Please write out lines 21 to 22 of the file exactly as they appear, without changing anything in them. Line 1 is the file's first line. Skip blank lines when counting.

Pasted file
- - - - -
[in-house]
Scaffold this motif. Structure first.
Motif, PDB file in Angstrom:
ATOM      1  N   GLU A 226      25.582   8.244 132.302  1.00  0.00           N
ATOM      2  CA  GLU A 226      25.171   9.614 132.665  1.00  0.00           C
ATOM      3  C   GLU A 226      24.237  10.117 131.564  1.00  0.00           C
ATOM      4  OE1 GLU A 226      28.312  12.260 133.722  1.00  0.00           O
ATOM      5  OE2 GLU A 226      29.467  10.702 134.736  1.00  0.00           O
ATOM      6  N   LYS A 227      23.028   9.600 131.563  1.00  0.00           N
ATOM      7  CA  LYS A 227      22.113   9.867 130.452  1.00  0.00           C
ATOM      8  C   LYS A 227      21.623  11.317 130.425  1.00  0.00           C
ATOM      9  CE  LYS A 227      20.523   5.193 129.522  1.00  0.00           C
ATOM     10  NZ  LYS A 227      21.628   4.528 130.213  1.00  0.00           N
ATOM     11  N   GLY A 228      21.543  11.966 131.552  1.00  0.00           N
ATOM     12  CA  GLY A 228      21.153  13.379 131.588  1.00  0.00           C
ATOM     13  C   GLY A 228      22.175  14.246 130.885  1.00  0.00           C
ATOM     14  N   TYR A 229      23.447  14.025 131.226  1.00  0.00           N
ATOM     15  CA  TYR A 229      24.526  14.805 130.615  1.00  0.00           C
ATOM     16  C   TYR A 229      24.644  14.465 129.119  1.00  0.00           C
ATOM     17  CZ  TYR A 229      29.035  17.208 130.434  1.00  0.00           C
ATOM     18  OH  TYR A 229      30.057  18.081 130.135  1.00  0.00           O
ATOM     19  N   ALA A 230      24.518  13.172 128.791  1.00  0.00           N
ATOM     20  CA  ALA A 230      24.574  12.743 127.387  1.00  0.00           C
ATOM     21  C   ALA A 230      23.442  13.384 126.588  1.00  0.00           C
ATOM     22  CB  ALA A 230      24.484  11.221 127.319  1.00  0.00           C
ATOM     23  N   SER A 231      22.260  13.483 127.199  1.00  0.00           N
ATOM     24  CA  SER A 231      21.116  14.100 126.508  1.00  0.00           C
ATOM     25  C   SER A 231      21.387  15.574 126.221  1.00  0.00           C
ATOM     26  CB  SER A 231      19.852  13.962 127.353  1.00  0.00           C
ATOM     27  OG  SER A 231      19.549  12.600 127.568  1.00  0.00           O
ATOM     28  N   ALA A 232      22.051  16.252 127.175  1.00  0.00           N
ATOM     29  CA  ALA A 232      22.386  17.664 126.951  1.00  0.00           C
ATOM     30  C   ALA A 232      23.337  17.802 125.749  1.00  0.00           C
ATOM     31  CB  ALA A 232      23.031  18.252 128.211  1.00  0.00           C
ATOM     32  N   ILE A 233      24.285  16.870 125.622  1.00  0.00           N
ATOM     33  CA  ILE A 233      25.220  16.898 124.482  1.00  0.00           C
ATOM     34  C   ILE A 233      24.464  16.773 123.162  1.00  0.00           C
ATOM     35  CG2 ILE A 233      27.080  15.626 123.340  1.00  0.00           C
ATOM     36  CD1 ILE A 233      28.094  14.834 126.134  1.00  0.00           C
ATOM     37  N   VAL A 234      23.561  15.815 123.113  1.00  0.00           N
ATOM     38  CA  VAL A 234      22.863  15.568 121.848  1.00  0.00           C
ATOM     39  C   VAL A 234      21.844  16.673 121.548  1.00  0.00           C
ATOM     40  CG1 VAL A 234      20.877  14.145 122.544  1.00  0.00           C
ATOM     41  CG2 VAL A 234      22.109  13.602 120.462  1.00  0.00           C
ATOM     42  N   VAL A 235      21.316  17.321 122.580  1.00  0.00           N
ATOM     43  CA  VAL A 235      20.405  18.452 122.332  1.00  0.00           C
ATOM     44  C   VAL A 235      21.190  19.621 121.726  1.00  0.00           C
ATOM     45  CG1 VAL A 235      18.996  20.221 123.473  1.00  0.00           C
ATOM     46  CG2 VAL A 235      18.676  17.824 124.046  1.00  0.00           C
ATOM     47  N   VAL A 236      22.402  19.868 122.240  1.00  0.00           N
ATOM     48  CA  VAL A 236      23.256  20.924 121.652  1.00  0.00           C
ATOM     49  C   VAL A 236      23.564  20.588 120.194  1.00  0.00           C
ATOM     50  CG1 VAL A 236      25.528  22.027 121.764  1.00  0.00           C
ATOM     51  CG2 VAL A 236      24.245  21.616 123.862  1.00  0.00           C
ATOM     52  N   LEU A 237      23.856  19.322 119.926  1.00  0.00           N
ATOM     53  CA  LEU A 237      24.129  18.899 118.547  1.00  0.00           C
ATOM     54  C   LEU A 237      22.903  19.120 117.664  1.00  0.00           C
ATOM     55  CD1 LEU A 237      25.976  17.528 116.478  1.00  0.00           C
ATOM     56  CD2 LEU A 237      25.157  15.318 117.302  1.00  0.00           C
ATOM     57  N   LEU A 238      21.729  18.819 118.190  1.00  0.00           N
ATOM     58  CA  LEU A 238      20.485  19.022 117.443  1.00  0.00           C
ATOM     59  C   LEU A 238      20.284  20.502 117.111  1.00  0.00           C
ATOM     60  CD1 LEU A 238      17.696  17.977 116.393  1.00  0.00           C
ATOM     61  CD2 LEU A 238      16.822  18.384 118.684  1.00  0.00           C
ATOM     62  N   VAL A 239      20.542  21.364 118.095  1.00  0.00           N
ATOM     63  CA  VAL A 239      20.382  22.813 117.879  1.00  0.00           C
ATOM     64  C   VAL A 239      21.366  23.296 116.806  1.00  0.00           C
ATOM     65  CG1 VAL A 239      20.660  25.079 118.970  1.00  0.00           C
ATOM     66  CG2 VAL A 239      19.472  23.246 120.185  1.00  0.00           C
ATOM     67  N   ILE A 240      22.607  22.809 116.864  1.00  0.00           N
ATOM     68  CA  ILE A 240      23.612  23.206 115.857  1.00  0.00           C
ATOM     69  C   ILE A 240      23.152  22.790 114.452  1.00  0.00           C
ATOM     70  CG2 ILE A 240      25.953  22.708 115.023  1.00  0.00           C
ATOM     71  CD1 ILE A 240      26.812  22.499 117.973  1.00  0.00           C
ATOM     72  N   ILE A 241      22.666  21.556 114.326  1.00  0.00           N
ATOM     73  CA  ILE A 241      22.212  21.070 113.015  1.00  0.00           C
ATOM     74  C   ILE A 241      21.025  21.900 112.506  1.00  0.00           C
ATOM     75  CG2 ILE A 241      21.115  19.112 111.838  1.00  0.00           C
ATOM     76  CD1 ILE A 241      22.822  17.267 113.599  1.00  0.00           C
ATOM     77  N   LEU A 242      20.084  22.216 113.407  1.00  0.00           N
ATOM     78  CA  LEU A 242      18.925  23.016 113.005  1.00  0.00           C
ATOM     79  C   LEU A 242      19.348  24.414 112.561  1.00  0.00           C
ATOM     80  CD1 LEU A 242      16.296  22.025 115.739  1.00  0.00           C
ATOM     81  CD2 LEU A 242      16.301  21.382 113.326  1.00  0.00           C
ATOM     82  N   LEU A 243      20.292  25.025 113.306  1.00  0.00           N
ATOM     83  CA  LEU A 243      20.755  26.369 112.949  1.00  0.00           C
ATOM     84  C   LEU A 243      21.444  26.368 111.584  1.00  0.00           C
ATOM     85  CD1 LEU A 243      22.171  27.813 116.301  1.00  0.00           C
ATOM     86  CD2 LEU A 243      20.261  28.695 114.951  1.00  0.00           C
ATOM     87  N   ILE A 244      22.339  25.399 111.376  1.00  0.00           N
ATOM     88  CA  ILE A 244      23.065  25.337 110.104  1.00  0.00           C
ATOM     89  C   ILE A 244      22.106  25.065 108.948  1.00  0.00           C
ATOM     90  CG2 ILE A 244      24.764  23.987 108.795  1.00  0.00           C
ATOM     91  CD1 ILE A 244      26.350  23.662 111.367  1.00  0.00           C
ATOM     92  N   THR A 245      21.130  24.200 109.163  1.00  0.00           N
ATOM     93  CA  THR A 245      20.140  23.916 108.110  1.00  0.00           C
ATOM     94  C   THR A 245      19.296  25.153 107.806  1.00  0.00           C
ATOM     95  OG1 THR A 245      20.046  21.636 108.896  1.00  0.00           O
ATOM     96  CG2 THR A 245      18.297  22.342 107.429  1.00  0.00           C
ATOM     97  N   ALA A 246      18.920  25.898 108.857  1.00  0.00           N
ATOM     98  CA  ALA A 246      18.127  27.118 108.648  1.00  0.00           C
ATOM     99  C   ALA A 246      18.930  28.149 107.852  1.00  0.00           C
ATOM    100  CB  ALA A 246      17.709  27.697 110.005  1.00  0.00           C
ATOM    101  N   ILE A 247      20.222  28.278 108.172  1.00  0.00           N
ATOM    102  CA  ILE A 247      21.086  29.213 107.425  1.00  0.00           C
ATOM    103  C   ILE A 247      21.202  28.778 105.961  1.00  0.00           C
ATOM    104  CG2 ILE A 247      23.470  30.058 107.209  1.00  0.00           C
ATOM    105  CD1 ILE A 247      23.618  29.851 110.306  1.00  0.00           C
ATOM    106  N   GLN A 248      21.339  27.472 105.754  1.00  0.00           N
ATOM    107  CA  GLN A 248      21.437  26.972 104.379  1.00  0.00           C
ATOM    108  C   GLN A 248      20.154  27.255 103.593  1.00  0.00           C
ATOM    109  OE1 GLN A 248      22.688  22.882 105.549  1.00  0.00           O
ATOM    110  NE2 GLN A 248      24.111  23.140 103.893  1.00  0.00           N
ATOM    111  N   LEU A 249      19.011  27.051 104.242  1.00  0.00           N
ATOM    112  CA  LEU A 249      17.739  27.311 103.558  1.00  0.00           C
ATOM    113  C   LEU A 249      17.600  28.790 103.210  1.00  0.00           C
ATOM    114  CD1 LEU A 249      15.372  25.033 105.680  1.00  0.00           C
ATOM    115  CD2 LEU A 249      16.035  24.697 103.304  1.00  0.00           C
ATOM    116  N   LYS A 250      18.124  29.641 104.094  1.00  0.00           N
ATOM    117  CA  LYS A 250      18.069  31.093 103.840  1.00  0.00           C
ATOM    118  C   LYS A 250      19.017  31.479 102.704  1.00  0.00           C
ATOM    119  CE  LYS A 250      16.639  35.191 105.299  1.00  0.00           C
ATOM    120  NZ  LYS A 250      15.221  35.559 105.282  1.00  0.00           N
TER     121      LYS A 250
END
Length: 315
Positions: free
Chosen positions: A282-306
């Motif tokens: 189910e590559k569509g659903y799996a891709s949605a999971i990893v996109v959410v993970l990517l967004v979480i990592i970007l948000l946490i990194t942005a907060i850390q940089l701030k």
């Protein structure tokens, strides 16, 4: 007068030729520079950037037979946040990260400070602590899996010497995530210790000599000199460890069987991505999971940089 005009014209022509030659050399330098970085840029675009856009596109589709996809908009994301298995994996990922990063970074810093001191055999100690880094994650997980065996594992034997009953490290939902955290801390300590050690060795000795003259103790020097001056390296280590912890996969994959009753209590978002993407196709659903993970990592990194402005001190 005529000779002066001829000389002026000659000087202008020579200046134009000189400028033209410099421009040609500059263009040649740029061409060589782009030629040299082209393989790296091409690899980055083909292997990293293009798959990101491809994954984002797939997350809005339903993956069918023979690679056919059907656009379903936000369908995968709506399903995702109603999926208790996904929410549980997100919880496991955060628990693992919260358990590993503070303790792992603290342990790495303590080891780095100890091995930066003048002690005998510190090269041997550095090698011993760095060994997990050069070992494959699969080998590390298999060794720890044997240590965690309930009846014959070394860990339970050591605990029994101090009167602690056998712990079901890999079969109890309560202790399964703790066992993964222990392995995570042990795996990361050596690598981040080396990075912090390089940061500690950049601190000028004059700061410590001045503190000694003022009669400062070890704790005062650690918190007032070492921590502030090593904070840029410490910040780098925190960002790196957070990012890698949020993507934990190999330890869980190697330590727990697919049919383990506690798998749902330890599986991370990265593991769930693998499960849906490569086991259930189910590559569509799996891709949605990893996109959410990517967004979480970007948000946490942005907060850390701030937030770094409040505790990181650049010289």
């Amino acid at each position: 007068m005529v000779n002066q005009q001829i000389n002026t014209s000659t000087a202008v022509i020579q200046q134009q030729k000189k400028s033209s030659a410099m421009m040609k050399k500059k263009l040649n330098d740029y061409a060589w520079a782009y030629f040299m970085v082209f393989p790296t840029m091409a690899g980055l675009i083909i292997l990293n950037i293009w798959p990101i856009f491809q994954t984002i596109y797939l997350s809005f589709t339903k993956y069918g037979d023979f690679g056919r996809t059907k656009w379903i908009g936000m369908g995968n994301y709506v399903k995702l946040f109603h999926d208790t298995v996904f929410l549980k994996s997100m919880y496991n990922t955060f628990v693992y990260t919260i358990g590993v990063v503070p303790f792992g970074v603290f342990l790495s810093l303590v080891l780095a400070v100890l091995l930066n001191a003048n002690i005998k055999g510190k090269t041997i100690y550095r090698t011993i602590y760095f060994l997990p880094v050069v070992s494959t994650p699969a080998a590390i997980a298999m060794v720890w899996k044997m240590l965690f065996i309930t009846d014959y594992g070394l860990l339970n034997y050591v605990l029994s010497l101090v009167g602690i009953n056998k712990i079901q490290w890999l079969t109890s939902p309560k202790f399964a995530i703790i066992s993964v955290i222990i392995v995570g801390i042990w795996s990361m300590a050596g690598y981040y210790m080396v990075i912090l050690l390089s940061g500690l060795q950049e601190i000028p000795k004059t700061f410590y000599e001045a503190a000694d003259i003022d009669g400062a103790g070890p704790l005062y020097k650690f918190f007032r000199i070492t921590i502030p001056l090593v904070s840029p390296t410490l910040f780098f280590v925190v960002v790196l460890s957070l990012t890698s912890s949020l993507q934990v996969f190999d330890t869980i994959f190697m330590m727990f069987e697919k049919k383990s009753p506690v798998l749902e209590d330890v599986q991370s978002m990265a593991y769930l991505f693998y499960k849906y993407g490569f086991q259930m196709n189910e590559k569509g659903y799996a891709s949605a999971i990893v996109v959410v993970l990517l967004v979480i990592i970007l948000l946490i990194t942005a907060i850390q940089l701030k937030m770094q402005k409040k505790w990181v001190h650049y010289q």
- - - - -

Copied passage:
ATOM     18  OH  TYR A 229      30.057  18.081 130.135  1.00  0.00           O
ATOM     19  N   ALA A 230      24.518  13.172 128.791  1.00  0.00           N